Hurt people hurt people.
When traveling by air or train, you will be required to check in the luggage that you will be traveling with. The airport or train station security may require some people to open their suitcases and some are usually a sight to behold. You will find all manner of paraphernalia in there, it is shocking. Where there is excess baggage, the traveler is charged for it and it is a costly affair.
At the end of one’s journey, you have to pick your baggage at the baggage claim. Funny how the baggage belt lies one’s state of baggage bare. It is your baggage though, and you have to walk out with it.
We all have baggage, emotional baggage. It is derived from our past experiences, be it our upbringing, past relationships or experiences that we have had with different people. A good number of people fear showing their true selves for fear of rejection or being judged. Others have such horrible past experiences they wish they would remain buried. Relationships are therefore approached with a lot of caution. There are those who have been lucky to handle their baggage, and accept that there are things they can change while others would be hard to do so. It can be a costly matter if baggage is not dealt with.
As many stories are told, love can blind people to the point that they do not see how their baggage influences their actions. I got married in my thirties. I had gone through a colorful experience in my life. I met my husband when my heart was capable of handling a relationship. When I got married, I realized that there are issues that were coming to the fore on my part that I had not addressed. Matters to deal with my upbringing that were affecting how I was relating to my husband, past mistakes and past relationships and it only took a trigger to realize that some of these issues were still lingering on.
Growing up, we lived a comfortable life. My father resigned from a good job and things went south thereafter. At that point, I learnt that money is elusive. It may be here today and gone tomorrow. I also saw effects of debts on families. This led me to be cautious with money. I later got to see how that affects financial decisions in my marriage. I will err on the side of too much caution and it affects the speed at which joint investments will be made at times.
The topic on baggage is quite important for anyone in a relationship or desiring to pursue one. It is no wonder that the topic is addressed during pre-marital counseling. The truth however is that only a few are able to address the topic during courtship and I feel there is need to further drill on this matter.
I recently had coffee with one of my childhood friends. We had not seen each other in a while. This opportunity gave us a good chance to catch up. We had both gotten married, had children and life happened, as we would like to say. We reflected on this topic, signs that could have been ignored while dating or in marriage, conversations that should have been held but did not take place. We laughed heartily remembering how at the point of getting married, we would not have listened to anyone daring to give caution on how to deal with our pasts, and those of our spouses.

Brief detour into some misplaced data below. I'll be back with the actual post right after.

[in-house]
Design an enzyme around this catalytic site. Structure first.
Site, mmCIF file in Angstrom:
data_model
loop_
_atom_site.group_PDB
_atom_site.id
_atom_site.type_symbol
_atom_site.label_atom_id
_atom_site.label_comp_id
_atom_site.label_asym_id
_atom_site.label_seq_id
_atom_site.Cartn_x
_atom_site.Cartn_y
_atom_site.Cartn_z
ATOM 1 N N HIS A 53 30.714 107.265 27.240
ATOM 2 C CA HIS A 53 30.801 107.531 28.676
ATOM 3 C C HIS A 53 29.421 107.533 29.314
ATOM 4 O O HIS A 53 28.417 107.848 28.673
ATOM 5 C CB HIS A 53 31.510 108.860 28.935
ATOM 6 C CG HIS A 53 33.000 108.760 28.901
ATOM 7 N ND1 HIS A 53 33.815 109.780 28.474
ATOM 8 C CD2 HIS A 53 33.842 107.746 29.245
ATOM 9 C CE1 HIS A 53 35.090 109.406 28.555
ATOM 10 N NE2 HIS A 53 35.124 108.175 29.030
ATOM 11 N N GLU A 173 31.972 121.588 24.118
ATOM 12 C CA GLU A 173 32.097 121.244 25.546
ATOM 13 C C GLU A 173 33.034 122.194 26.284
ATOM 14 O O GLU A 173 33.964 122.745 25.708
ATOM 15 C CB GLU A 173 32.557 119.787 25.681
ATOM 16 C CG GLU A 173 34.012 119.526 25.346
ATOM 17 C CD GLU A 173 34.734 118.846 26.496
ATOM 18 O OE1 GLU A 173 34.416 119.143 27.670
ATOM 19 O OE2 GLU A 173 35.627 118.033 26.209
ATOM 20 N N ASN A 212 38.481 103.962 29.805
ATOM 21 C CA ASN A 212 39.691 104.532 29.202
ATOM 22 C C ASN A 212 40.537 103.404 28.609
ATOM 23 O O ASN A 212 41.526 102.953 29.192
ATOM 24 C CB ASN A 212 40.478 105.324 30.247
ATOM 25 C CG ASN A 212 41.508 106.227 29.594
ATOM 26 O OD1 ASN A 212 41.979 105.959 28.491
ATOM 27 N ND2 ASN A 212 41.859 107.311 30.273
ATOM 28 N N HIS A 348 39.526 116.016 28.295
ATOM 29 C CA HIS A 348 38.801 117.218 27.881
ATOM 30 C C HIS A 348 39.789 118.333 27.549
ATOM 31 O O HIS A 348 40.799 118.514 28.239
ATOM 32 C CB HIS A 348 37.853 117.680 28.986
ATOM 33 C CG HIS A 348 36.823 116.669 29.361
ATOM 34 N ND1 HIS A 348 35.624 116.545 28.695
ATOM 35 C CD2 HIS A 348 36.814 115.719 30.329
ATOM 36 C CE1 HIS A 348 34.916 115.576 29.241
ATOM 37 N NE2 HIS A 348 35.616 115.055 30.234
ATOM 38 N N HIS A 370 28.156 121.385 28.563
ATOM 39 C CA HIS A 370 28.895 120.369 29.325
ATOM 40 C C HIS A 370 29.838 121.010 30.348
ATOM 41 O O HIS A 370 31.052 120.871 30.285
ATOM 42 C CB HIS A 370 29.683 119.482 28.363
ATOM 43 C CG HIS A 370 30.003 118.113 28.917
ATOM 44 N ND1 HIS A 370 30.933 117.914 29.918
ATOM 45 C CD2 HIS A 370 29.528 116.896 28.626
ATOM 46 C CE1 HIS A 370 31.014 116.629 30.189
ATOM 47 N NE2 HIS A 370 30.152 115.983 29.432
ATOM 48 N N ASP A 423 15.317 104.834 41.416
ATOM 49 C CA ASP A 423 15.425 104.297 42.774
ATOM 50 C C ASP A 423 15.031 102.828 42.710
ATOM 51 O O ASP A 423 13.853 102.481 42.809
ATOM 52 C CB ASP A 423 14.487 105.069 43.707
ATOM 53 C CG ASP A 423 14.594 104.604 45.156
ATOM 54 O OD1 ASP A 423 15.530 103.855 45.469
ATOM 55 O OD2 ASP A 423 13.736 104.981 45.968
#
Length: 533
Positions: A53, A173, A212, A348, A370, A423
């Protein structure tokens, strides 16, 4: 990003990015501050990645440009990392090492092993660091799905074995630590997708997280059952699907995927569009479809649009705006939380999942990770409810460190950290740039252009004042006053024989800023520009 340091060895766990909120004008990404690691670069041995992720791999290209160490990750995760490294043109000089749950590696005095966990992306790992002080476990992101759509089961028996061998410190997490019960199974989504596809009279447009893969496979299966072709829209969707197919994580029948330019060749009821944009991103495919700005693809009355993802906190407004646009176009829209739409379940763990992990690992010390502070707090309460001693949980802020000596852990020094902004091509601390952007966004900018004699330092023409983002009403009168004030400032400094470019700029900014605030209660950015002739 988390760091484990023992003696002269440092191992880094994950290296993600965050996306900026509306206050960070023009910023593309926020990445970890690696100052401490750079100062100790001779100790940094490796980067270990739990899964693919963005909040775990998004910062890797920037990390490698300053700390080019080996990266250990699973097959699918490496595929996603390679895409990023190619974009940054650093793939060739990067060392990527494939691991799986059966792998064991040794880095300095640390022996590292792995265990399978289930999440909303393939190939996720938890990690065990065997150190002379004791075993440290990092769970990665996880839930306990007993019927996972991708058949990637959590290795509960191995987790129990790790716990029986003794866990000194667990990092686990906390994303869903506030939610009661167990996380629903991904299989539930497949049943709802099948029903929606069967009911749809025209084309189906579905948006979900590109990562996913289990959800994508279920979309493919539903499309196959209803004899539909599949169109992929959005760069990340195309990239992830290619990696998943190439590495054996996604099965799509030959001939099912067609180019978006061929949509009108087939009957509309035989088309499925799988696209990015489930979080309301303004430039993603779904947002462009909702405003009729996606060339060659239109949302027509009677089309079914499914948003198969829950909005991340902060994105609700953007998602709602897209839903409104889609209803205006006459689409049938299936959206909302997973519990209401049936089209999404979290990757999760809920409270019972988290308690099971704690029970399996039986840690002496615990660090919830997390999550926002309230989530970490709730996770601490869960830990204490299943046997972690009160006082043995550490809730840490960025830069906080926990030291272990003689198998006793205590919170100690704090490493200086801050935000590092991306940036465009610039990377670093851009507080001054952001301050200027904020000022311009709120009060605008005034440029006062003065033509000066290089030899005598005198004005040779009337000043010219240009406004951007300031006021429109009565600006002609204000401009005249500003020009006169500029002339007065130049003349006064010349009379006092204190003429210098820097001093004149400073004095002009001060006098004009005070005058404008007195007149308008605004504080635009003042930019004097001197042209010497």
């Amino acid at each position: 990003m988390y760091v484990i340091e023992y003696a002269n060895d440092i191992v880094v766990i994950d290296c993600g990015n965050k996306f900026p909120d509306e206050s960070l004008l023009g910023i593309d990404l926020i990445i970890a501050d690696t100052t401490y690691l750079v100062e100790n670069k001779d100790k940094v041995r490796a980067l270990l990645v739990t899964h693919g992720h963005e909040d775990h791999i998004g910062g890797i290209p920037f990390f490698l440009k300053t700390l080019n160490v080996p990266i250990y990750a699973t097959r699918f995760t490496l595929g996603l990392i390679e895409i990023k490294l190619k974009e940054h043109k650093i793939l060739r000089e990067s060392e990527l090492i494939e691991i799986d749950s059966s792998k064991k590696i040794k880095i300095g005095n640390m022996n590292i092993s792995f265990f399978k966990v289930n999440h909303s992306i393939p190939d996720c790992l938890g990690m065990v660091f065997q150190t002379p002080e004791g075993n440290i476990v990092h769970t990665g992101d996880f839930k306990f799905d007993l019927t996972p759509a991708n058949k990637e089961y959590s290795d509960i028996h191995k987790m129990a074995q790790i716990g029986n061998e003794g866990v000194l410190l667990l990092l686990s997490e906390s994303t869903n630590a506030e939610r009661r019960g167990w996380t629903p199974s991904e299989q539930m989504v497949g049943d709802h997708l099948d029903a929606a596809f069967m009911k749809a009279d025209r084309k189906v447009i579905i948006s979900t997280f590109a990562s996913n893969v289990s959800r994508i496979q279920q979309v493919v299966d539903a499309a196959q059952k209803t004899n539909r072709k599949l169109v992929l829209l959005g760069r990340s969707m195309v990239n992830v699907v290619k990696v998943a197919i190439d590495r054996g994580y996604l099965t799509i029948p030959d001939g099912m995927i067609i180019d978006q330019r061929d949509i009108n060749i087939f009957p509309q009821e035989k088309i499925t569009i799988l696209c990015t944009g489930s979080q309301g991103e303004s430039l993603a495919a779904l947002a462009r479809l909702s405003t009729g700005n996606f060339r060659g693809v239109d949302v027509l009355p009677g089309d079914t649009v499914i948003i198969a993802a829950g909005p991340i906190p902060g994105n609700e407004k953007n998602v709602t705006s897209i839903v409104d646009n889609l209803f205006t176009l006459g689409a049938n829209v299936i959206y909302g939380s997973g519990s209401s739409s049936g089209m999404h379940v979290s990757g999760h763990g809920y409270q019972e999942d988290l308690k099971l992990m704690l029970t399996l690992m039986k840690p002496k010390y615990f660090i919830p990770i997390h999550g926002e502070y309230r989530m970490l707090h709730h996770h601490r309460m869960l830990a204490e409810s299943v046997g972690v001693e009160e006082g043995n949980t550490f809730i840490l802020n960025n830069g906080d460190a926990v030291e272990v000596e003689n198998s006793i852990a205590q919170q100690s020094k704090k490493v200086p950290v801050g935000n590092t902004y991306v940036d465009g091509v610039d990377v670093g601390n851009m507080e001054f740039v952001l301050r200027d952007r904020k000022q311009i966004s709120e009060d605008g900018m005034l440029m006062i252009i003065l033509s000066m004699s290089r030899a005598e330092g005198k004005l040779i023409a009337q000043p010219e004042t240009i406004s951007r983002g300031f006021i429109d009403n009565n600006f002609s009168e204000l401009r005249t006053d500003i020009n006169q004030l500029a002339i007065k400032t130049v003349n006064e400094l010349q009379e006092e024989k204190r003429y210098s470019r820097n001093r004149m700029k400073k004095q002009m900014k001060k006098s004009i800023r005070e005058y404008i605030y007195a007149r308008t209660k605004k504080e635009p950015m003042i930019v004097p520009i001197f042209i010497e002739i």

Do you have baggage? Of course you do. Most of our issues come from those who are closest to us. Our families have a big role to play. Without realising it, we carry some of these burdens caused by our parents or families. It could be issues arising from separation or divorce, their view and use of money, alcoholism, work or lack of it, anger, disciplining children and much more.
Baggage arising from abuse, whether physical, emotional, sexual or financial, or child experiences or past relationships or even spiritual experiences needs to be addressed. Cindi McMenamin says ‘…..it’s the simple unintentional things, after awhile, that become huge offensive things that slowly undermine the security and health of a marriage….when baggage from wounds and present irritations goes unchecked, it can wreak reckless words, unintended silence, or hurtful behavior we aren’t even aware of. But those behaviors can be reversed.’
How do we manage baggage? That should be our focus, as it determines how effectively we manage conflict and issues arising in our relationships.
1. Accept that you come with baggage and it forms part of your past.
2. Unpack it. Work through your issues. This may call for professional help. Some issues may not be addressed by loved ones but by professionals. But you need to ask yourself why you act the way you do.
3. Determine what your triggers are. What is it that causes you to go back to past hurts?
4. Communicate about your past wounds. Your spouse or partner may not be aware of the pain you experienced.
5. Forgive. This is hard but forgiveness sets us free. Forgive yourself for your past mistakes, including how you have hurt others. Forgive those who have wronged you.
6. Let God work in you to make you a better person. He is our present help in time of need. He is able to redeem and restore. Cast your cares upon Him because He cares for you. ‘He heals the brokenhearted and binds up their wounds.’ Psalm 147.3
If we do not address our baggage, it will do us more harm than good. Our baggage may not be overt and it is for that reason that it is harmful if not resolved, leading to the many problems we see in today’s marriages and relationships.
‘Many are the afflictions of the righteous, but the Lord delivers him out of them all.’ Psalm 34.19
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